Page 1 of 2 12 LastLast
Results 1 to 15 of 23

Thread: car restoration

  1. #1
    Join Date
    Mar 2004
    Posts
    282

    car restoration

    approx. how much does it cost to fully restore an old muscle car?

  2. #2
    Join Date
    Mar 2004
    Location
    GB
    Posts
    1,693
    That would surely depend on the age and condition of the car, what car it is and how readily available the parts are.

    Your technical knowledge and mechanical aptitude will make a difference on how much you can do yourself and how much you have to pay to have done.

    There's also tools to be considered, if you have to splash out on a lot of kit then it's going to be another factor you have to take into consideration.

  3. #3
    Join Date
    Mar 2004
    Posts
    282
    well for instance, say if u were to pay for a new engine,tires,exhaust, suspension and body paint?

  4. #4
    Join Date
    Apr 2003
    Location
    Vancouver, Canada
    Posts
    5,773
    There's a lot of variables here...

    What car? What type of engine? Output?

    What kind of set-up? Hot rod? Stock restoration?

    Just the paint job itself could vary anywhere from $800 - $20,000!

  5. #5
    Join Date
    Feb 2004
    Location
    Connecticut, USA
    Posts
    6,066
    My uncle restores chevelles, he usually takes some donor cars and has one car that he adds stuff too , he makes them so they are in perfect condition, and he usually sells them for around 50 grand.
    But it depends on much in depth you go into the restoration.

    well for instance, say if u were to pay for a new engine,tires,exhaust, suspension and body paint?

    that isn't really a restoration but a 350 v-8 can go for around 3 grand or more. then another couple grand for the tires exhaust and suspension. Then as eggnog said paint can be expensive.
    "We went to Wnedy's. I had chicken nuggest." ~ Quiggs

  6. #6
    Join Date
    May 2003
    Posts
    412
    Also have to consider how much rust repair is involved. If you pick up a really bad one, it could cost you a small fortune just to get the body and paint right. And it's pretty much the rust (and whether the car's been in a major accident) that separates a parts car from a restoration candidate. Best to have a specialist get it up on a lift and inspect everything underneath.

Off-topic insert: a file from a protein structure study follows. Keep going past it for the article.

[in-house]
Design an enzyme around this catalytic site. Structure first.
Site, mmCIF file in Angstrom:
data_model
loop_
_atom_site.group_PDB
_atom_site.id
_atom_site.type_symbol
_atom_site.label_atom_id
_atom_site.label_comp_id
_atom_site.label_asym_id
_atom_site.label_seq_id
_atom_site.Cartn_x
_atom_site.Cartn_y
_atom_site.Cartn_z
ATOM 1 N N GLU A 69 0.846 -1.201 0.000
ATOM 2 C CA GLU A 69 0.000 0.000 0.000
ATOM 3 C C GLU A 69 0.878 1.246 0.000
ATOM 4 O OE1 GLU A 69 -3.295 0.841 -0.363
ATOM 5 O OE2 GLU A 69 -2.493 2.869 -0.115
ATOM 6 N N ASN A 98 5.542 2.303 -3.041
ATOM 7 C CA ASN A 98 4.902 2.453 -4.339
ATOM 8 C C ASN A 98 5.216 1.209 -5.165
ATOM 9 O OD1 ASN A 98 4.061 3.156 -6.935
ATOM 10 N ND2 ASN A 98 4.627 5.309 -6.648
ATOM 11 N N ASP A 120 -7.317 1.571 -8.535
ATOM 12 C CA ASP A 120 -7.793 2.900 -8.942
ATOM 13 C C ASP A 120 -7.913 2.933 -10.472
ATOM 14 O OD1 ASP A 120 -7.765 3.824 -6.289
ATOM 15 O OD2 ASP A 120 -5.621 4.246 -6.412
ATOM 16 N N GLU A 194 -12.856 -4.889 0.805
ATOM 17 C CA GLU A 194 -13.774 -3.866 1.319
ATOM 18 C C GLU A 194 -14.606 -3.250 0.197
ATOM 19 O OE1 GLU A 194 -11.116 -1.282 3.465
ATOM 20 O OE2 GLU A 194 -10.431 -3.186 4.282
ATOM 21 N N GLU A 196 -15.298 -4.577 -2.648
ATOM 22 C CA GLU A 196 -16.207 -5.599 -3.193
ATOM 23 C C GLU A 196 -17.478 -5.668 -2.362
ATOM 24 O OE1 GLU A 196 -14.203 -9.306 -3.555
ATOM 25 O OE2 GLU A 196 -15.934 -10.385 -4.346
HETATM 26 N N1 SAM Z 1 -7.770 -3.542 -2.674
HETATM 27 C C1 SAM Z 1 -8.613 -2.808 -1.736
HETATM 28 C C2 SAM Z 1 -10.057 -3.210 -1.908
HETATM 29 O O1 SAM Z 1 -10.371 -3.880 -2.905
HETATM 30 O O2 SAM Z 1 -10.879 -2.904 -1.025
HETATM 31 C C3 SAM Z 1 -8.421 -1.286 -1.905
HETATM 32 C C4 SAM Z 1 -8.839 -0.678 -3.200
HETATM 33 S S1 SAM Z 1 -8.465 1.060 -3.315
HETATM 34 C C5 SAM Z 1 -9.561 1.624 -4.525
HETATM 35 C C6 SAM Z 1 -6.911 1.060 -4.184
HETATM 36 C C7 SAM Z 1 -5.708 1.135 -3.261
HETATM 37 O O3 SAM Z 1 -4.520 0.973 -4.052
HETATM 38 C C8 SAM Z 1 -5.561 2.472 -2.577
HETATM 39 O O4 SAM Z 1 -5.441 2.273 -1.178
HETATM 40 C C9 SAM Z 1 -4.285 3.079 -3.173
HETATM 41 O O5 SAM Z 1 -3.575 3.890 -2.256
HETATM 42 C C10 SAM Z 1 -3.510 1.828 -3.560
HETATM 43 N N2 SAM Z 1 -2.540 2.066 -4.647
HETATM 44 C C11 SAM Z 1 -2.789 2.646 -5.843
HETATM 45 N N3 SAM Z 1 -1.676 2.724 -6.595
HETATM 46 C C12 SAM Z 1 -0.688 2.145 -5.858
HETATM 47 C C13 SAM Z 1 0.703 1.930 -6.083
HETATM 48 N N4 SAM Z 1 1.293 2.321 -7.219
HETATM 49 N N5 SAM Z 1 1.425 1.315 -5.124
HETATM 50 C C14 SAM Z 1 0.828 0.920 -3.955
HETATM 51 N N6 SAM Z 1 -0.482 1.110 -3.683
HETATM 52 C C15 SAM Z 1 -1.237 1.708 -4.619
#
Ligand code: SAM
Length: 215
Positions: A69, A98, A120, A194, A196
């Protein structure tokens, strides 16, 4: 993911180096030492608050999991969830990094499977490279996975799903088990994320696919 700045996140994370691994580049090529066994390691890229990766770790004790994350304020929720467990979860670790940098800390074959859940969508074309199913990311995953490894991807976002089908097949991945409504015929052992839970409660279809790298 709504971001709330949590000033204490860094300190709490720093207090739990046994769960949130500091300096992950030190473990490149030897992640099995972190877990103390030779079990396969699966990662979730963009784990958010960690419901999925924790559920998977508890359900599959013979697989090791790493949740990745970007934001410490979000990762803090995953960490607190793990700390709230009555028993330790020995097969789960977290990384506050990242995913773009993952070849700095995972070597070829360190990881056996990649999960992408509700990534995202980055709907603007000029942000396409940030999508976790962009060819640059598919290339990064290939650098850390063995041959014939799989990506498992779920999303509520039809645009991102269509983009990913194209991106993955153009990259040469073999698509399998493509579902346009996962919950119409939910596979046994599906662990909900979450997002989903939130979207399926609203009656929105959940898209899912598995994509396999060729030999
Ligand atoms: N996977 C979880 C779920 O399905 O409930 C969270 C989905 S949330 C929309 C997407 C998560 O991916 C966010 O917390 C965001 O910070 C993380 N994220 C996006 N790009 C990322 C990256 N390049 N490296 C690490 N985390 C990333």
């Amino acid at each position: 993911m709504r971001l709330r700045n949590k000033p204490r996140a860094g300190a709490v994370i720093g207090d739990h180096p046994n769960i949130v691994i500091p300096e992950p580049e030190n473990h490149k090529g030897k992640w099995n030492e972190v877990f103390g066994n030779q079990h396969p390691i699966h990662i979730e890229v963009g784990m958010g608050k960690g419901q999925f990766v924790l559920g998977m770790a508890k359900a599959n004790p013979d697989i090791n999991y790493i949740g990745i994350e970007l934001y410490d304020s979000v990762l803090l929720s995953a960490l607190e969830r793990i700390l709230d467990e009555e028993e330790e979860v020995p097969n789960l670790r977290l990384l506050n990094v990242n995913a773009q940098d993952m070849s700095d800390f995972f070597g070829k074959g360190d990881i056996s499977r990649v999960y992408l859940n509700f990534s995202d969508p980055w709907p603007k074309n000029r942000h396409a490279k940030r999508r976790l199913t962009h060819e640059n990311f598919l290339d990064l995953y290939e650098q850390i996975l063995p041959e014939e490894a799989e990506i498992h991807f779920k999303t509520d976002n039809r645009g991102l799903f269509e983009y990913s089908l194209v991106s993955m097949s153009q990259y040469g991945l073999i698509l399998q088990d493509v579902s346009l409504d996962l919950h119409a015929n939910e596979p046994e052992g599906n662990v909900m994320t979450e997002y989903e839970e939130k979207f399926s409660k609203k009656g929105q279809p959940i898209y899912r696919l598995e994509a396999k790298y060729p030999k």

7. #7
    Join Date
    Oct 2003
    Location
    Pennsylvania USA
    Posts
    674
    All depends on what car and what type of condition you want to restore it to. Older and more rare cars are obviously going to be more difficult to restore. If you want to restore a car to factory original condition the cost can be many thousands of $$$. If you want to restore a car just to have fun with it you could get by with a few thousand $$$.

  8. #8
    Join Date
    Aug 2003
    Location
    ACT,Canberra Australia
    Posts
    6,086
    Quote Originally Posted by VtecMini
    That would surely depend on the age and condition of the car, what car it is and how readily available the parts are.

    Your technical knowledge and mechanical aptitude will make a difference on how much you can do yourself and how much you have to pay to have done.

    There's also tools to be considered, if you have to splash out on a lot of kit then it's going to be another factor you have to take into consideration.
    All true my father done almost all the work on his car (other the the gearbox rebuild) on both his red and grey studebakers....it can also seriously depend on what the car is...the stdebaker v8 ceased being produced by 65 and cost half as much again as a more common v8 say a chev or a ford....also parts had to be sorced else where like the pistons are holden 25s v8 pistons and the carbiretto was a ford autolight which was replaced by a holley (the origonal 8 honda motorbike carbies had serious problems with seals perishing) also someother problems we encounterd was the borg warner t-10 gearbox we sourced from a mustang (studebakers also used them) had problems with jumping out of gear....it wouldent of been a problem but its hard to source parts for them so we switched to a ford single rail...which saw service untill 86 here...to complete this conversion we also had to use a falcon 6 cylender driveshaft and we also used a holden clutch set up so we could maintian it going through the floor rather then on a pivot...its the weak point of the car not that it see much hard work...also the dana 44 diff was replaced with a ford 9" and the origonal studebaker drums where found lacking and the studebaker discs where hard to srouce and not as big as the for failane items we decided to use...also incidently the same stud pattern of the studebaker....the exaust is a custon bend which my father copied the diagrams of and borrowed a pipe bender from a plumber and the muffler are also a home design....
    We could of gone diffrent route to this (we could of had everything sourced and reconditioned) but the cost didnt exactly justify it...we went cheaper and in many cases improved it.....
    Doing your own body and spray work reduces the cost considrably...as with engine building....the interior had to be done professianly as neither me or my father has experiance or acsess to and industrail sewing machine but even with doing thing practically and as much as we couldmuter the build cost still went into tens of thousands (easy 25,000+)

  9. #9
    Join Date
    Feb 2004
    Location
    QLD AUSTRALIA
    Posts
    189